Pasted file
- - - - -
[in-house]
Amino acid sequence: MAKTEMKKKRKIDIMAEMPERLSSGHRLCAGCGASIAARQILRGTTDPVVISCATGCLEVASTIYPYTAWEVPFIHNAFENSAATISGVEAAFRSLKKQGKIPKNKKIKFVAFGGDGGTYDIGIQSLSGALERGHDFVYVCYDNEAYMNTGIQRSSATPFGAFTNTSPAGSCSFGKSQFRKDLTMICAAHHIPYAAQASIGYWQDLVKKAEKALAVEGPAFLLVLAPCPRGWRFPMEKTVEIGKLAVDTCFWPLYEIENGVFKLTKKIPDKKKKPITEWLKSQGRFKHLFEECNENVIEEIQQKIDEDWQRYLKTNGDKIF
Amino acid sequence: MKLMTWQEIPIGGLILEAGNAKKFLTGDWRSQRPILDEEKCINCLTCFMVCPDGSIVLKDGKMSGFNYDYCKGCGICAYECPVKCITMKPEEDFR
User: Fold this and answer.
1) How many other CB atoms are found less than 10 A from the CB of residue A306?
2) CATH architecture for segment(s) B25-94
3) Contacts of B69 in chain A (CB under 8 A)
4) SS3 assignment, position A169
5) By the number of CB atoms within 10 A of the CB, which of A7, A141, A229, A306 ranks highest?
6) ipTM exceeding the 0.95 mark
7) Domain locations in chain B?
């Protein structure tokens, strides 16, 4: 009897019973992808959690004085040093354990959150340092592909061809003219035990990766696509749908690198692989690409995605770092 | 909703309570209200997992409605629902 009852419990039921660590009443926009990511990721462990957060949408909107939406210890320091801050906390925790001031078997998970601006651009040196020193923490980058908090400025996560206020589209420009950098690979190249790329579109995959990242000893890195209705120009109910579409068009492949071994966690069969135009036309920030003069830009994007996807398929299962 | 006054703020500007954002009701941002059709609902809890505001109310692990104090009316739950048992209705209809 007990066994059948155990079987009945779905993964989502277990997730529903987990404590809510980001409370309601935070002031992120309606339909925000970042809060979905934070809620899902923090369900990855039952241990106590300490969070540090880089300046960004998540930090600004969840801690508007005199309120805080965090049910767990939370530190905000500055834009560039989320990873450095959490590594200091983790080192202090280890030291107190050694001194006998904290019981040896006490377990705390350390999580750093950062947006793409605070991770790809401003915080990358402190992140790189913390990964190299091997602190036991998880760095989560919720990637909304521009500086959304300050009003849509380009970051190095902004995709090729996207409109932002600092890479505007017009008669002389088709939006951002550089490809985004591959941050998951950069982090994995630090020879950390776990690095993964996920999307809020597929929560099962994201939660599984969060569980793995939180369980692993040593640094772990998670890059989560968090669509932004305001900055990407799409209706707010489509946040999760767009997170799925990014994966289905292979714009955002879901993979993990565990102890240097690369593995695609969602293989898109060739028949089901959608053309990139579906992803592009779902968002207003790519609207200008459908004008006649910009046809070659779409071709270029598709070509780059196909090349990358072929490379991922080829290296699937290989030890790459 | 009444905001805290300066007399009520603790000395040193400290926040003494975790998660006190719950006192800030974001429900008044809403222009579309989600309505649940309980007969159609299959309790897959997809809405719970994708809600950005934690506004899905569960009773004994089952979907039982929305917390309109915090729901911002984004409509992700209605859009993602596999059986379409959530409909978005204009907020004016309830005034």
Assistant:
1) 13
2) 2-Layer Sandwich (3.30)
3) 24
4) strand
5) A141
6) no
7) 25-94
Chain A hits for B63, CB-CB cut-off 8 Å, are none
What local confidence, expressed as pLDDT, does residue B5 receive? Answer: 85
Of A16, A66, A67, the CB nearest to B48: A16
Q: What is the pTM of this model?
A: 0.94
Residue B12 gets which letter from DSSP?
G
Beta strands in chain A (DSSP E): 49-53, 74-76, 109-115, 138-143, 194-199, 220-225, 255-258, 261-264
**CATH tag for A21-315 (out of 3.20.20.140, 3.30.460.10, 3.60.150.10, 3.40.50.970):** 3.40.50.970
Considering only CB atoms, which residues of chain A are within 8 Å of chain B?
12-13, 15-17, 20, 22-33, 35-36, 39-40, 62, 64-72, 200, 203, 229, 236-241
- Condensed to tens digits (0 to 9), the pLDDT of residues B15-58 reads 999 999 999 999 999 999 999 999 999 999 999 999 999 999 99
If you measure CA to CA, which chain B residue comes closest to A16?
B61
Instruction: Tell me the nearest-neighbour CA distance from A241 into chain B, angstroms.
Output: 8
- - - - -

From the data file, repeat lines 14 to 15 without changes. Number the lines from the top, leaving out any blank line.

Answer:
1) 13
2) 2-Layer Sandwich (3.30)